a sump disposed within the interior region and adapted to provide a first quantity of fuel to the engine via the pump;
a secondary fuel storage device operatively coupled to the feed conduit and adapted to provide a second quantity of fuel to the engine;
a pressurized vessel operatively coupled to the tank member and to the secondary fuel storage device and adapted to pressurize each of the tank member and the secondary fuel storage device; and
a control unit operatively coupled to the secondary fuel storage device and to at least one of the pump and the sump, the control unit being adapted to receive input signals from an acceleration measurement device indicative of an acceleration condition of the aircraft, and to output control signals to the secondary fuel storage device and to at least one of the pump and the sump, the control unit further being adapted to perform a method of controlling fuel flow, including:
comparing the acceleration condition of the aircraft with a predetermined threshold at which normal fuel fluid characteristics begin to become unpredictable;
comparing the acceleration condition with a time-based acceleration profile for a given flight profile;
determining the aircraft is about to enter a prolonged negative acceleration regime;
maintaining a first fuel flow to the engine from the sump using the pump; and
after a predetermined amount of time has passed, initiating a secondary fuel flow from the secondary fuel storage device to the engine.
17. The fuel system of claim 16, wherein the acceleration condition of the aircraft is determined using an inertial measurement unit.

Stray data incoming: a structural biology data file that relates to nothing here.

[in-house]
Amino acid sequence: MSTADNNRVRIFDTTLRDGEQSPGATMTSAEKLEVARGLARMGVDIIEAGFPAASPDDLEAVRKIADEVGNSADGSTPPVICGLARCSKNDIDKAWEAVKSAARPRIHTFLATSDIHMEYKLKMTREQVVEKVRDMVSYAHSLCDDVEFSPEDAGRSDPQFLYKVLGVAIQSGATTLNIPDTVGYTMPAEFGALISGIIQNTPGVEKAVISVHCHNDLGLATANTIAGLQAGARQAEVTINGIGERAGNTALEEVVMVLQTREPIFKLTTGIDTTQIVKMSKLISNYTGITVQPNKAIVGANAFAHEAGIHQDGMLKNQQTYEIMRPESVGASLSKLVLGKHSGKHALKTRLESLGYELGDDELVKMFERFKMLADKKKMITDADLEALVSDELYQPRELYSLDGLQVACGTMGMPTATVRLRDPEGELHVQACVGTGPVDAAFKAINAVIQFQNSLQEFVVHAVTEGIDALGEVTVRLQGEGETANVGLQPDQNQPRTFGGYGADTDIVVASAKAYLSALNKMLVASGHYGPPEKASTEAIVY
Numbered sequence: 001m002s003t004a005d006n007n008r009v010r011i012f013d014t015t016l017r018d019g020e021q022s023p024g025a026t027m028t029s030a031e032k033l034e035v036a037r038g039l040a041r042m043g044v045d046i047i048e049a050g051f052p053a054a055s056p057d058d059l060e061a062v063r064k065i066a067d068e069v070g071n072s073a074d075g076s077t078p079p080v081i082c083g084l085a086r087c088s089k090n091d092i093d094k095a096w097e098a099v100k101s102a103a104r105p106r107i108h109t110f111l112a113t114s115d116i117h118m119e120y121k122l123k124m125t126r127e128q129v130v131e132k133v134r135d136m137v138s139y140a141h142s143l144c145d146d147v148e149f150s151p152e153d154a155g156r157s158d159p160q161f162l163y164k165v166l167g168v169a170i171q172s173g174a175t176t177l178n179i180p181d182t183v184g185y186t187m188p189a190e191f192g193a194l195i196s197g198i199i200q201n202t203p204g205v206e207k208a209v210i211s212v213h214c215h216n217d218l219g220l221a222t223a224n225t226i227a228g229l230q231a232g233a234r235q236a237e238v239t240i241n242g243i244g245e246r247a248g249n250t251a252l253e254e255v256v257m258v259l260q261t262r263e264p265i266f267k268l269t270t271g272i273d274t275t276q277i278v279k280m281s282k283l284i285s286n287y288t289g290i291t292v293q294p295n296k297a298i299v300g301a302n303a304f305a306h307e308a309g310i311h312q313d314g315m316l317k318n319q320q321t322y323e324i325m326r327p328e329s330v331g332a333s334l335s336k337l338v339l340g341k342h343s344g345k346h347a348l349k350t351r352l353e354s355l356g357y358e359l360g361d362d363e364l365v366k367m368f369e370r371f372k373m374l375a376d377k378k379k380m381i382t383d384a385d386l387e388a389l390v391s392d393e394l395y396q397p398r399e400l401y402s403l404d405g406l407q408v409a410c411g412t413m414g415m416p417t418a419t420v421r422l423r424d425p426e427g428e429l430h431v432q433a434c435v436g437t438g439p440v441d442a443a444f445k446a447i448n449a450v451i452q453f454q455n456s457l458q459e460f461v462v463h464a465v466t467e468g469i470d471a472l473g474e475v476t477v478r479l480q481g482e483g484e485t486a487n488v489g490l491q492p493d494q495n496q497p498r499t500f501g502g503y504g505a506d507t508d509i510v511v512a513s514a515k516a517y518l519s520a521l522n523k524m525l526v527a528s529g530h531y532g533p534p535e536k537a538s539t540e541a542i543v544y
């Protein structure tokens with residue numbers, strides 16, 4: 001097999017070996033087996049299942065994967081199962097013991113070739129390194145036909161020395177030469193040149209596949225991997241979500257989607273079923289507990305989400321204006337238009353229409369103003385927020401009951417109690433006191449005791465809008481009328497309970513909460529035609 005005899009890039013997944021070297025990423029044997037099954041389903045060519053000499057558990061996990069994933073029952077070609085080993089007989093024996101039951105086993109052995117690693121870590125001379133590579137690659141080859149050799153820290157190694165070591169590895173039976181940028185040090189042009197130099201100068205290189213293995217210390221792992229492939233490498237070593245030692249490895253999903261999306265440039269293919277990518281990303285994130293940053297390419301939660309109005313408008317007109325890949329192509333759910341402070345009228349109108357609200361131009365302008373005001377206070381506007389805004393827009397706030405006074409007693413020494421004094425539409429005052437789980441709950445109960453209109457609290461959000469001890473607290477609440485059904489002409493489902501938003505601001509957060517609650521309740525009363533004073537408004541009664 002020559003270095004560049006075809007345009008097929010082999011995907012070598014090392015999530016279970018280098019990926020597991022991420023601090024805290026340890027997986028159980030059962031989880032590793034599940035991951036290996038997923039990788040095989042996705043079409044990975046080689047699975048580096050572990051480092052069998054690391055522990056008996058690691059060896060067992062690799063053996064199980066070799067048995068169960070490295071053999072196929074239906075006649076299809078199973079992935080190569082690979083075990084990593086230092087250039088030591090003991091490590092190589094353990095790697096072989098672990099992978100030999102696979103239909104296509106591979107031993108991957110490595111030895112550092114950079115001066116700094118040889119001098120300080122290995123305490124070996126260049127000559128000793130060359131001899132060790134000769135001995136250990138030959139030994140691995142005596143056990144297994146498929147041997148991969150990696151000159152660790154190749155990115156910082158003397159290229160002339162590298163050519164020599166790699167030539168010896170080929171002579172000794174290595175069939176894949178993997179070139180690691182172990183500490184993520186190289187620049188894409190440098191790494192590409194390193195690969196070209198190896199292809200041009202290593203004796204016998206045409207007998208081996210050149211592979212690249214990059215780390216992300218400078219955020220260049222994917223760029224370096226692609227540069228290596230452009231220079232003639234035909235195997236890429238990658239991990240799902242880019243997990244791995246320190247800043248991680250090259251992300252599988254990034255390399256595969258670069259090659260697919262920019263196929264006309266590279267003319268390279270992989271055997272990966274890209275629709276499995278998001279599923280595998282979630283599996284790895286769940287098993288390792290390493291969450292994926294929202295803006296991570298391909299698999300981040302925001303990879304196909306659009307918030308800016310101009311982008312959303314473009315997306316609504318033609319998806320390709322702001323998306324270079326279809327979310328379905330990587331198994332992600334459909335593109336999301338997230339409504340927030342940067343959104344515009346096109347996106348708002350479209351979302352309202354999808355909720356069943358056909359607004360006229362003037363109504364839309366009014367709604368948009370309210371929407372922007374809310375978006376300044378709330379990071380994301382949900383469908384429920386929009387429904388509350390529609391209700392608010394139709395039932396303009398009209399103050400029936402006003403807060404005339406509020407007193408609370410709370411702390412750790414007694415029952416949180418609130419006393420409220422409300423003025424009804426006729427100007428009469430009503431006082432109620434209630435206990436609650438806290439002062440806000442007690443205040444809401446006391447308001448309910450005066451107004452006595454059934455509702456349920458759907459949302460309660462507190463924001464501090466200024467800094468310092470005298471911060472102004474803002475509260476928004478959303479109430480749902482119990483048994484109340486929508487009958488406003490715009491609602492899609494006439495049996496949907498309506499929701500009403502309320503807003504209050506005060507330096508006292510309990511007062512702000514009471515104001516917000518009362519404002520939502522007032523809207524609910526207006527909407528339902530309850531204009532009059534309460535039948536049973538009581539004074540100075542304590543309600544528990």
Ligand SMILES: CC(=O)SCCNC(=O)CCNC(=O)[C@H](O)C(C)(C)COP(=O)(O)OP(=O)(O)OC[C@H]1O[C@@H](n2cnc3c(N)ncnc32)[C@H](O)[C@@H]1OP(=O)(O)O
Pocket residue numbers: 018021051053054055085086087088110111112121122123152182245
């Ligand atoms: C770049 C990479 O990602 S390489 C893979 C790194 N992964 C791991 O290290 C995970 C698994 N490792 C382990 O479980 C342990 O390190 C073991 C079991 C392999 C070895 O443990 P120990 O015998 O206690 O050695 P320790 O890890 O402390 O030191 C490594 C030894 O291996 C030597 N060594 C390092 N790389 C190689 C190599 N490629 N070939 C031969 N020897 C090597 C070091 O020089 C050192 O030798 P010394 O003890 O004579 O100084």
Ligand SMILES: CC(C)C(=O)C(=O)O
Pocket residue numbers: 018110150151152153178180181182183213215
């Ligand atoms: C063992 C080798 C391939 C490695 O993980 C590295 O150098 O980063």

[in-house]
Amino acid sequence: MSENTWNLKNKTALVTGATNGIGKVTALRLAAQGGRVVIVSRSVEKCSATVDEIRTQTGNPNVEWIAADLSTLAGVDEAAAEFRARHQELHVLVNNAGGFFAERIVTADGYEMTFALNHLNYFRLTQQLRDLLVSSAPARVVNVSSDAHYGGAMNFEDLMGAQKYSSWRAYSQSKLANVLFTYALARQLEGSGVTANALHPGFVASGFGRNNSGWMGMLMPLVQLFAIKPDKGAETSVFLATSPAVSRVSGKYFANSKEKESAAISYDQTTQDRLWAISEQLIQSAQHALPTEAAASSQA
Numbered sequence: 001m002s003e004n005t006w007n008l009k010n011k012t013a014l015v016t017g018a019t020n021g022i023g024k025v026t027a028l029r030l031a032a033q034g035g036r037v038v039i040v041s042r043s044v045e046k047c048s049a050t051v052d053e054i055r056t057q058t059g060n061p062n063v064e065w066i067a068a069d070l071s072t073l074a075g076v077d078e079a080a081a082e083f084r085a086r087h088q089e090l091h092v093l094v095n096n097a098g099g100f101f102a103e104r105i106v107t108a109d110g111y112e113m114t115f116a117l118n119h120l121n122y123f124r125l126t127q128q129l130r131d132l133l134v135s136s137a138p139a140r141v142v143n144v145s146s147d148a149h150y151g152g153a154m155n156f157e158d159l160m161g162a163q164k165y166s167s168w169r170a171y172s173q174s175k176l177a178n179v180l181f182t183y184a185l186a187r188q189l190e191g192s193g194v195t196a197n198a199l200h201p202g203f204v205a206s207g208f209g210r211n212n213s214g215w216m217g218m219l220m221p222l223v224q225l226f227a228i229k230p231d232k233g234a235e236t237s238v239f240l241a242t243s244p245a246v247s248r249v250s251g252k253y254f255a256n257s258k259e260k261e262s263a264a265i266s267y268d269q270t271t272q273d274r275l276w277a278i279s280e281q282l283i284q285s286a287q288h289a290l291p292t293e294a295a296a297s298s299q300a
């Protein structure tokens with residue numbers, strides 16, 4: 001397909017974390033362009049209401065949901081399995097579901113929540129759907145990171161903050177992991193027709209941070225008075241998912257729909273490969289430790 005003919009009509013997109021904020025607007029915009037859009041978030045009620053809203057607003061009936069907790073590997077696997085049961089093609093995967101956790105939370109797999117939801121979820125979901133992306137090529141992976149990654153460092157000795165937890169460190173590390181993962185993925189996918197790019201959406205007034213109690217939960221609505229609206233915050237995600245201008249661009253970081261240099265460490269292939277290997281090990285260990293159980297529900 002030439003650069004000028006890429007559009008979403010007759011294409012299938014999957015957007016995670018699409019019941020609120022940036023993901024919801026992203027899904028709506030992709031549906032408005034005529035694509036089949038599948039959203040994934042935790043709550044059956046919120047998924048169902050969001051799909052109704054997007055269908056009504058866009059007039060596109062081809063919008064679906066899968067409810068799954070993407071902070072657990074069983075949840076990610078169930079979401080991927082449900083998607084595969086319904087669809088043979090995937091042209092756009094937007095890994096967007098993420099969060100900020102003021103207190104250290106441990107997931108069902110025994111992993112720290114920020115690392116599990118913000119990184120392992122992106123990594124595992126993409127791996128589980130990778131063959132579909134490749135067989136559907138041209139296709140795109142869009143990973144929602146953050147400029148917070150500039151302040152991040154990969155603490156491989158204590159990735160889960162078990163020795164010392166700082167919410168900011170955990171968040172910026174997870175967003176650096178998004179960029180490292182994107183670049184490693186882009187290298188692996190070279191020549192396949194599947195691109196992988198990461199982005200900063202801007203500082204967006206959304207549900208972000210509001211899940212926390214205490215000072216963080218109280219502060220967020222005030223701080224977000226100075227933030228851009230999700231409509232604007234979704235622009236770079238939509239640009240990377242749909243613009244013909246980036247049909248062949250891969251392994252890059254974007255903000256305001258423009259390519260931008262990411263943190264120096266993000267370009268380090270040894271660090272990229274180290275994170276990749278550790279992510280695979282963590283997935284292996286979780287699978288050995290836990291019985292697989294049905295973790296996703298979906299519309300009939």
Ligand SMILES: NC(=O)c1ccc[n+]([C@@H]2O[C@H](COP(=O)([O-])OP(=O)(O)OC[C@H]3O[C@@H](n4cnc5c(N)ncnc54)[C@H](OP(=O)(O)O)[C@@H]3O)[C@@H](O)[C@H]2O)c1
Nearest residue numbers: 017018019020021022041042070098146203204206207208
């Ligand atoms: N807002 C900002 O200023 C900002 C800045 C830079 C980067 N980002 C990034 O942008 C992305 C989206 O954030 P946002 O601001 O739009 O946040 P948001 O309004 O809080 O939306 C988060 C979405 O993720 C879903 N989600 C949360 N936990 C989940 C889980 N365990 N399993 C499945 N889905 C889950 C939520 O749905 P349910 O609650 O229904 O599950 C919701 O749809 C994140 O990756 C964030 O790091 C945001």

18. The fuel system of claim 16, wherein said comparing the acceleration condition with a predetermined threshold at which normal fuel fluid characteristics begin to become unpredictable includes comparing the acceleration condition with a predetermined threshold of approximately 0.2 g.
19. The fuel system of claim 16, wherein said comparing the acceleration condition with a time-based acceleration profile for a given flight profile includes comparing the acceleration condition with a time-based acceleration profile extracted from a pre-existing database of IMU acceleration data.
20. The fuel system of claim 16, wherein step of after a predetermined amount of time has passed, initiating the secondary fuel storage device to the engine includes determining whether a counting period has exceeded an amount of time corresponding to a maximum amount of sump fuel volume to be used.
21. The fuel system of claim 16, wherein said initiating the secondary fuel storage device to the engine includes initiating an accumulator to the engine.
22. The fuel system of claim 16, wherein said initiating the secondary fuel storage device to the engine includes energizing an accumulator regulator.